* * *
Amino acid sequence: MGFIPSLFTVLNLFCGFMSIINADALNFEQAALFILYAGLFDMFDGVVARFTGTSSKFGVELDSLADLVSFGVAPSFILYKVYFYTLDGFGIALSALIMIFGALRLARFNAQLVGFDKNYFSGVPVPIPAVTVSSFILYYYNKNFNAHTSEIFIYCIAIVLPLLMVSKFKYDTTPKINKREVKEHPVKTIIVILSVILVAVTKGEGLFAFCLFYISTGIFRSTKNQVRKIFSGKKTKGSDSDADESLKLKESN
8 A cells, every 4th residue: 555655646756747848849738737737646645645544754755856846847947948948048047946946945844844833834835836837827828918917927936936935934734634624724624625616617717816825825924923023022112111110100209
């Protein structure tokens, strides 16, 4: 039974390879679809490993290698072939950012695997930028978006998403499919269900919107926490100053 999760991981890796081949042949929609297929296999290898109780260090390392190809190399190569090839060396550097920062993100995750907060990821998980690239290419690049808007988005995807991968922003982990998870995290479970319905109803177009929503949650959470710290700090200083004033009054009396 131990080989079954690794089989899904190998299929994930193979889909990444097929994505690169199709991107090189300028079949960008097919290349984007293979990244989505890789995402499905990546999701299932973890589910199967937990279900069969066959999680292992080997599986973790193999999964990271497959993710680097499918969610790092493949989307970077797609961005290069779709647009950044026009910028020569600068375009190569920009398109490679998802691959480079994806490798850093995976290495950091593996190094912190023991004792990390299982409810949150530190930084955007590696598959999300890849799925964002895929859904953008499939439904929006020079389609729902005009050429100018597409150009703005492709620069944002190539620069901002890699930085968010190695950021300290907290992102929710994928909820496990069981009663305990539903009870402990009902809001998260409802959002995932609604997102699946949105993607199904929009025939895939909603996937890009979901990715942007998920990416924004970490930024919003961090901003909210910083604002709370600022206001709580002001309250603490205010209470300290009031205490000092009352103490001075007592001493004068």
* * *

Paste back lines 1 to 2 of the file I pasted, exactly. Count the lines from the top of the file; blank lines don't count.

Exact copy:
Amino acid sequence: MGFIPSLFTVLNLFCGFMSIINADALNFEQAALFILYAGLFDMFDGVVARFTGTSSKFGVELDSLADLVSFGVAPSFILYKVYFYTLDGFGIALSALIMIFGALRLARFNAQLVGFDKNYFSGVPVPIPAVTVSSFILYYYNKNFNAHTSEIFIYCIAIVLPLLMVSKFKYDTTPKINKREVKEHPVKTIIVILSVILVAVTKGEGLFAFCLFYISTGIFRSTKNQVRKIFSGKKTKGSDSDADESLKLKESN
8 A cells, every 4th residue: 555655646756747848849738737737646645645544754755856846847947948948048047946946945844844833834835836837827828918917927936936935934734634624724624625616617717816825825924923023022112111110100209